The article below appeared originally in the www.hemmingjorgensen.com website. This is a thesis summary of Hemming Jorgensen’s ice house research project in Iran.
Only very limited literature and no archaeological material exists about the traditional Persian mud-brick ice houses the origins of which may be connected to that of the qanat, the typical Iranian subterranean water supply system for irrigation. These unique examples of vernacular architecture are facing a sorry fate after they went out use about 50 years ago; with the advent of electricity countrywide they were supplanted by modern refrigeration and most of them left to decay and disappear.
Hemming Jorgensen at an ice house in Iran (Picture originally posted on: www.hemmingjorgensen.com).
On the basis of a comprehensive field work, which included survey and registration of still identifiable ice house sites, this dissertation endeavors to answer the questions as to where, how and why the ice houses were built, operated and largely forgotten. The survey found, registered and mapped in total 129 ice house sites, of which remnants of ice houses were found on only 104 of them. An Ice House List and the pertaining location map represent the most important documents of the dissertation project.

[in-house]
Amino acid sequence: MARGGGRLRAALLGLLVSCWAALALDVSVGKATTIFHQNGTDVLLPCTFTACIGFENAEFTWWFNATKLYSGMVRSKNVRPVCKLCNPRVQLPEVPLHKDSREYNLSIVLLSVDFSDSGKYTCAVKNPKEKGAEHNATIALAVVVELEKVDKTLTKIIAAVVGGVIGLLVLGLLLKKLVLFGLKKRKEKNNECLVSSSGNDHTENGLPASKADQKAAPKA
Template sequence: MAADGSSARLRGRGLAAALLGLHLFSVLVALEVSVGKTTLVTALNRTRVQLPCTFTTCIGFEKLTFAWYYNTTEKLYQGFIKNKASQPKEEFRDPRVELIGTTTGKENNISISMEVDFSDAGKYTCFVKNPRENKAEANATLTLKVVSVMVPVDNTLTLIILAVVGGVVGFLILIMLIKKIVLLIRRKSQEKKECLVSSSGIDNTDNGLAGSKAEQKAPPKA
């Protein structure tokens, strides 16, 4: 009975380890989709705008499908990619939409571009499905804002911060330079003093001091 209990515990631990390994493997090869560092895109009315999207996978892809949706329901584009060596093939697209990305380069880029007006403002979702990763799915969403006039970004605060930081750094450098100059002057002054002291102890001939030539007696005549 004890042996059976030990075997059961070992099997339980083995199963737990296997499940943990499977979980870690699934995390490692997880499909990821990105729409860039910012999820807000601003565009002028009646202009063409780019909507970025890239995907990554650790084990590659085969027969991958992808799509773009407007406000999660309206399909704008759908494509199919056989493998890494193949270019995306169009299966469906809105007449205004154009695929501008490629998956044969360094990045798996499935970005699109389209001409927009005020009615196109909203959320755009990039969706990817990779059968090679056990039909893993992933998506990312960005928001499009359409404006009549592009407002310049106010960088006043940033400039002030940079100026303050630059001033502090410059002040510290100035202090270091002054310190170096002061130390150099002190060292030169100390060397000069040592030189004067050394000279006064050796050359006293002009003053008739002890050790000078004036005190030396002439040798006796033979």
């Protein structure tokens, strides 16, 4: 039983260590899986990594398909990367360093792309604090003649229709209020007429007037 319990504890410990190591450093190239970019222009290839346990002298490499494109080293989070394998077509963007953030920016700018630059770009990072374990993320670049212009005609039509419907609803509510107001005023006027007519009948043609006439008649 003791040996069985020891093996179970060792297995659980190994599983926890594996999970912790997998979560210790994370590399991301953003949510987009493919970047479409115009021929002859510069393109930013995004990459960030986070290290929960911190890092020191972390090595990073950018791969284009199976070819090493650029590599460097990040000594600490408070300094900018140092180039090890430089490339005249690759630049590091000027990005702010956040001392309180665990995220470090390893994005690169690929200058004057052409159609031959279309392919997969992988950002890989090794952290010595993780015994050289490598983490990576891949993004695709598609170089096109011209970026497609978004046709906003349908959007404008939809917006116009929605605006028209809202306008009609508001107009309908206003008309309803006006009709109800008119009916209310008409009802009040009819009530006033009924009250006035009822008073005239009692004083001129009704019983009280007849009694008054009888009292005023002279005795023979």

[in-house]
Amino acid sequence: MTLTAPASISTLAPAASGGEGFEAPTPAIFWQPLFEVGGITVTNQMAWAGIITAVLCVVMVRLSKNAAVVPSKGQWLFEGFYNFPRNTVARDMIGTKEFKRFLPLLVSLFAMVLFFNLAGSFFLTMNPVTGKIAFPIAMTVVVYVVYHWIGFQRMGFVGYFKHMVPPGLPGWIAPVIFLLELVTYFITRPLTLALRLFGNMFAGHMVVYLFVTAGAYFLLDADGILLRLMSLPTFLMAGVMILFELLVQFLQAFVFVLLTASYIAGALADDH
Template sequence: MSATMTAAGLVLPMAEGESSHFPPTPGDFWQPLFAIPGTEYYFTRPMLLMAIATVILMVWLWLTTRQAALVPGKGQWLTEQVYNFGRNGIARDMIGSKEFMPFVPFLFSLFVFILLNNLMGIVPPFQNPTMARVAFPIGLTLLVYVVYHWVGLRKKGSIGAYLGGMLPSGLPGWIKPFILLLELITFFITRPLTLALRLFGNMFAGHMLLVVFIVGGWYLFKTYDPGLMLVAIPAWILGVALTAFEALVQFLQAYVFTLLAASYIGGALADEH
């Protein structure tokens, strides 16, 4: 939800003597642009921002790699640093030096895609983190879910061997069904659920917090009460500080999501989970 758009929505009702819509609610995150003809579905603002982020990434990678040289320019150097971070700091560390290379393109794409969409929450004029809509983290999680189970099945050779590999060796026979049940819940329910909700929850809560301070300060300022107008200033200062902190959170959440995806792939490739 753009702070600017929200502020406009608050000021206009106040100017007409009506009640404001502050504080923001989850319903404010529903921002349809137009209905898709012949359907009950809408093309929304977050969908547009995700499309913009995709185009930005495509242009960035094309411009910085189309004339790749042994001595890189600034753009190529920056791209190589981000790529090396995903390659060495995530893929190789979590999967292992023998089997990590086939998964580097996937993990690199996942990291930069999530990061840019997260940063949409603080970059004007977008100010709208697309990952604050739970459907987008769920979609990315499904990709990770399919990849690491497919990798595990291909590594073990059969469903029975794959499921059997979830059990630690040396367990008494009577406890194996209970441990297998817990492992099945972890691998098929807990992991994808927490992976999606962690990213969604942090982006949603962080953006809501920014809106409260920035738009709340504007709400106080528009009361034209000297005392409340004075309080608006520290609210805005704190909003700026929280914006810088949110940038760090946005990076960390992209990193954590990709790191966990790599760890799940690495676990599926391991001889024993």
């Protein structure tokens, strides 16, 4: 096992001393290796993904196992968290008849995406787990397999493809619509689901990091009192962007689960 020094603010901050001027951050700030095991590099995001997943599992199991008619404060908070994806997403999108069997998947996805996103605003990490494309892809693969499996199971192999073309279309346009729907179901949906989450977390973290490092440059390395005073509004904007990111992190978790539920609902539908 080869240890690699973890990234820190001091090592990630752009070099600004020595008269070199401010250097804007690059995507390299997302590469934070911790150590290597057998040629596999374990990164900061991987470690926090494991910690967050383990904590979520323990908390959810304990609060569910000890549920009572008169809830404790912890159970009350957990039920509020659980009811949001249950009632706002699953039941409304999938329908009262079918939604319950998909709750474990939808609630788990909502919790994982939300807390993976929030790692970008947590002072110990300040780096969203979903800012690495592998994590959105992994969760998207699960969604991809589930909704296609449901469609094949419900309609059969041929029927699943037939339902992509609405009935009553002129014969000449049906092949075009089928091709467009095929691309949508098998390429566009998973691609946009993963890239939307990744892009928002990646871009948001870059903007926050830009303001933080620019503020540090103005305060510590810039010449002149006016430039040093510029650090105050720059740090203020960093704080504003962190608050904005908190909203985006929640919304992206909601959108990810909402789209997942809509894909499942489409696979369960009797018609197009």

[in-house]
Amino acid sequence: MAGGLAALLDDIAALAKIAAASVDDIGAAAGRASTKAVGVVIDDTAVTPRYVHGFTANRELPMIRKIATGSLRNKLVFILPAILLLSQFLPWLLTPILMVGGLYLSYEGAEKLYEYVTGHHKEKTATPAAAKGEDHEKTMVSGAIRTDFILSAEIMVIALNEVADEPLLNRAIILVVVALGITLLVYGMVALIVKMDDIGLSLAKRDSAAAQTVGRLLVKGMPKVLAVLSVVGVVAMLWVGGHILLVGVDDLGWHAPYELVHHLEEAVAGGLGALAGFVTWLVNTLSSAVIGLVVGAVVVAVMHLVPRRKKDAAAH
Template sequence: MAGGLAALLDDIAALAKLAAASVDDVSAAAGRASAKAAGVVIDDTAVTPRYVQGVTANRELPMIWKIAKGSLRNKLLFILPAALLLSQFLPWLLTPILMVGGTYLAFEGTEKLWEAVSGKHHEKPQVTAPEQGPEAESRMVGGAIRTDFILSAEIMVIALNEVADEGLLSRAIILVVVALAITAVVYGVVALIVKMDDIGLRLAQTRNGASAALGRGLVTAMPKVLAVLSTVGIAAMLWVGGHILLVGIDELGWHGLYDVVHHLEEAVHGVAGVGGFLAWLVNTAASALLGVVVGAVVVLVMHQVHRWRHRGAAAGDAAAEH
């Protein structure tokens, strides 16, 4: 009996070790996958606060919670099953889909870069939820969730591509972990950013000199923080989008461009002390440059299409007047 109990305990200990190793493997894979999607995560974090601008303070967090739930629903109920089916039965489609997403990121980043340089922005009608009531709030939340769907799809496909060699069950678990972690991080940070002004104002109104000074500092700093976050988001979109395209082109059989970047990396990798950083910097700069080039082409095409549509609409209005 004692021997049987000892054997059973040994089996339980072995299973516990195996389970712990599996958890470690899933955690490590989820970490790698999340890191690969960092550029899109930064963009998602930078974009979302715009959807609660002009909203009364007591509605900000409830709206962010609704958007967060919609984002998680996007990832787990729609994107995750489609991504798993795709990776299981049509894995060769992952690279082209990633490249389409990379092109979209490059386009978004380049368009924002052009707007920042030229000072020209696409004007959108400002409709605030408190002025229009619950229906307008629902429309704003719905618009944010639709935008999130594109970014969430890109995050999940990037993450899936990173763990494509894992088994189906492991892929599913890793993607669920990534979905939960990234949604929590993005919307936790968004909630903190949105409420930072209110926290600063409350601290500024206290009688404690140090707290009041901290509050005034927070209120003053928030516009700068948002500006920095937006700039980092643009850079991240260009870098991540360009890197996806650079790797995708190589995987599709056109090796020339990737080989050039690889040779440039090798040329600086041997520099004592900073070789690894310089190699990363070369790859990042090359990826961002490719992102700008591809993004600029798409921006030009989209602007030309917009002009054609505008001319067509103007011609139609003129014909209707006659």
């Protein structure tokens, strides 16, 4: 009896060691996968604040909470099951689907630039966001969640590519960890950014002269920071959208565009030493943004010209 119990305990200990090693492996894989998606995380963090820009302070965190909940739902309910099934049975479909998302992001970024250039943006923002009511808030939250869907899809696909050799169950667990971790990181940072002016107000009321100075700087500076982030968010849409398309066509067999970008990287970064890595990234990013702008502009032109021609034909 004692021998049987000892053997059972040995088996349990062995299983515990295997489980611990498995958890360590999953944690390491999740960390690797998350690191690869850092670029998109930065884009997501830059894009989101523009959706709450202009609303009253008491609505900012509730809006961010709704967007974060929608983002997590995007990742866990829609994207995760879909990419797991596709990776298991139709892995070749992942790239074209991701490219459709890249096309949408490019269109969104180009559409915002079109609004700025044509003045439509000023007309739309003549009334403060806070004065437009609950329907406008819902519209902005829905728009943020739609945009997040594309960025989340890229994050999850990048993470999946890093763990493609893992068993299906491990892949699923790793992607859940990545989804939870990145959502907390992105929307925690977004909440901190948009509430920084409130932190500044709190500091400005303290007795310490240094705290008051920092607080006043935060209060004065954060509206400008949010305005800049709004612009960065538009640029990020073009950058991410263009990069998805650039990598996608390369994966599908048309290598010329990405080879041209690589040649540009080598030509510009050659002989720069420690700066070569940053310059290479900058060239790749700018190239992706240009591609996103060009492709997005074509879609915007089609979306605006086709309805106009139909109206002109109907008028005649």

There did turn out to be both a variation in types and within types of ice houses; the main types were domed (111 examples), walled (6) and underground ice houses (12). They were situated at villages (104), at towns (13), and at caravansaries or forts (12). Of the total of 129 ice houses, 71 had (had) an associated open-air ice-making plant, and 58 were pure storage facilities. The survey triples the number of previously registered examples. This study represents the first study of the traditional Iranian way of making and preserving ice for daily use.
Excellent view of the ice house at Ali-Abad village near Tehran (Picture originally posted on: www.hemmingjorgensen.com).
Information on the origin and function of the ice houses was difficult to come by, yet some headway was made into these thorny issues. Although it appears reasonable to connect the origin and history of ice houses to that of qanats – which made life and agriculture possible on the perimeter of the large deserts – there is no textual or archaeological evidence for their existence in Iran before the 17th century AD. No ice house exists anymore in its original form and full extent. Unless a concerted effort is made in terms of restoration and preservation, the prognosis is not good for the majority of Iran’s ice houses.
Plate in Robat Karim Museum (Picture originally posted on: www.hemmingjorgensen.com).